Why are violence prevention programs important?

As a parent, you may be wondering about why and if violence prevention programs are necessary. There is a lot of misinformation about sexual assault, especially of children and teens. Below are some myths and facts about sexual violence.

Myth and Fact

Myth: Child sexual assault is rare.

Fact:

  • 1 in 7 girls, 1 in 25 boys will be sexually abused before age 18 (1 in 10 children on average)
  • 1 in 7 of under-18 Internet users receive unwanted sexual solicitations 

Myth: Things like this don’t happen in MY area.

Fact:

  • More than 1 in 8 girls and 1 in 15 boys in South Carolina high schools reported being physically forced to have sexual contact when they did not want to 

Myth: As long as my child stays away from strangers and does not go out alone, he/she will be safe.

Fact:

  • 90% of child victims know their attackers; only 10% of attackers are strangers 

Myth: I would know if something like this was happening with my child.

Fact:

  • Only 38% of child sexual assault victims tell anyone about their assault 

Myth: Only adult offenders can be rapists.

Fact:

  • Anywhere from 23 – 40% of child sexual assaults are carried out by perpetrators under age 18
  • 9% of teenage high school students report being hit, slapped, or physically hurt on purpose by a boyfriend or girlfriend in the last year, not including emotional or other abuse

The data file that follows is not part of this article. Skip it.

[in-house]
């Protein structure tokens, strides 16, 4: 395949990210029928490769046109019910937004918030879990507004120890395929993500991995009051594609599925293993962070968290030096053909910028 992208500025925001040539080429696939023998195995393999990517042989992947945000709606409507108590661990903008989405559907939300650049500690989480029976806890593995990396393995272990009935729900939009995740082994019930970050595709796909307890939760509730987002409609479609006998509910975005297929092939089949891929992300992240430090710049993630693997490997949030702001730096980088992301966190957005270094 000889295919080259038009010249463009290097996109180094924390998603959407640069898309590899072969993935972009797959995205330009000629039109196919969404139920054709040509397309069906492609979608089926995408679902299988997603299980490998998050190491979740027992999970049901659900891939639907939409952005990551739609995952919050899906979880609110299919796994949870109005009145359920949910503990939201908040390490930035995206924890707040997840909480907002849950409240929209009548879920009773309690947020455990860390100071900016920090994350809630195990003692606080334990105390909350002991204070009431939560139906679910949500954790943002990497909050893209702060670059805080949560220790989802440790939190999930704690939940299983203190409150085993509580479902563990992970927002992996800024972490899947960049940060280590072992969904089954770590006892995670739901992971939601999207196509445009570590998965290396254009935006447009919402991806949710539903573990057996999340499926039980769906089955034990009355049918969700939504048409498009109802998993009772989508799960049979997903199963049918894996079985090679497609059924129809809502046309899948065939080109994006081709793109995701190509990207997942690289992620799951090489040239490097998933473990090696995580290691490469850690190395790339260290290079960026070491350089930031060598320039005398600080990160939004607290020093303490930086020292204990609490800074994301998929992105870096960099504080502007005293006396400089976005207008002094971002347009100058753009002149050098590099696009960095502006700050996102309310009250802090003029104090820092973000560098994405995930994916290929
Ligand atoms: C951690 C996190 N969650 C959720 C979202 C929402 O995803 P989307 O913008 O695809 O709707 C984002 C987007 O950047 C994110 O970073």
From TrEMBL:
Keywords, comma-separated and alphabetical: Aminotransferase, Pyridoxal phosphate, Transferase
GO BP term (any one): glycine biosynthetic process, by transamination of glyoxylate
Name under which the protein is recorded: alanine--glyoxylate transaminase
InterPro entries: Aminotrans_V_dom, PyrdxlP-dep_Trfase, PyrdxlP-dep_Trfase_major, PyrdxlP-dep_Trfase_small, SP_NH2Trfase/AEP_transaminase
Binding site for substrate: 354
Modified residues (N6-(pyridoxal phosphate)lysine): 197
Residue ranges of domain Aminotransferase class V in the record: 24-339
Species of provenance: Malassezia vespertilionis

How our programs help

These numbers are often scary, but how does the Youth Violence Prevention Curriculum© help fix these problems?

Implementing the Youth Violence Prevention Curriculum© creates a safe space for students to process these topics, share their ideas and experiences, and receive feedback from a qualified adult without fear of being penalized with a bad grade for an unpopular opinion. Teachers are often so busy teaching to academic standards that they may not have the time to connect with these kids in a way to educate them about social issues like dating violence and sexual assault. Our program leaders allow these discussions to happen in an open environment, encouraging students to think independently and create meaningful conversations on how to end violence in our community.

The Youth Violence Prevention Curriculum©  allows kids to really learn the pitfalls of the media they consume every day and evaluate how the media and pop culture influence them as well as encouraging them to be mindful of Internet safety. YVP teaches students how to recognize signs of an abusive relationship and seek out resources to help themselves and their peers. We encourage students to carefully consider their actions, and to look from the other person’s point-of-view to consider how their own actions might be hurtful to themselves or others. We teach students how to recognize danger, but also educate the next generation to prevent that danger from happening in the first place.

For a more concrete example of how our programs can help your children and others:

  • From pre-tests for the YVP©Program, 2014-2015 school year
    • More than 50% of students were unaware of how best to communicate with a partner
    • Less than a third of students were able to name the legal age of consent in South Carolina
    • 27% of students were unable to define consent
  • After program completion:
    • More than 60% of students correctly identified the best communication strategy to take with a partner
    • Over 3/4 of students were able to name the legal age of consent
    • The number of students unable to correctly define consent dropped by over 10%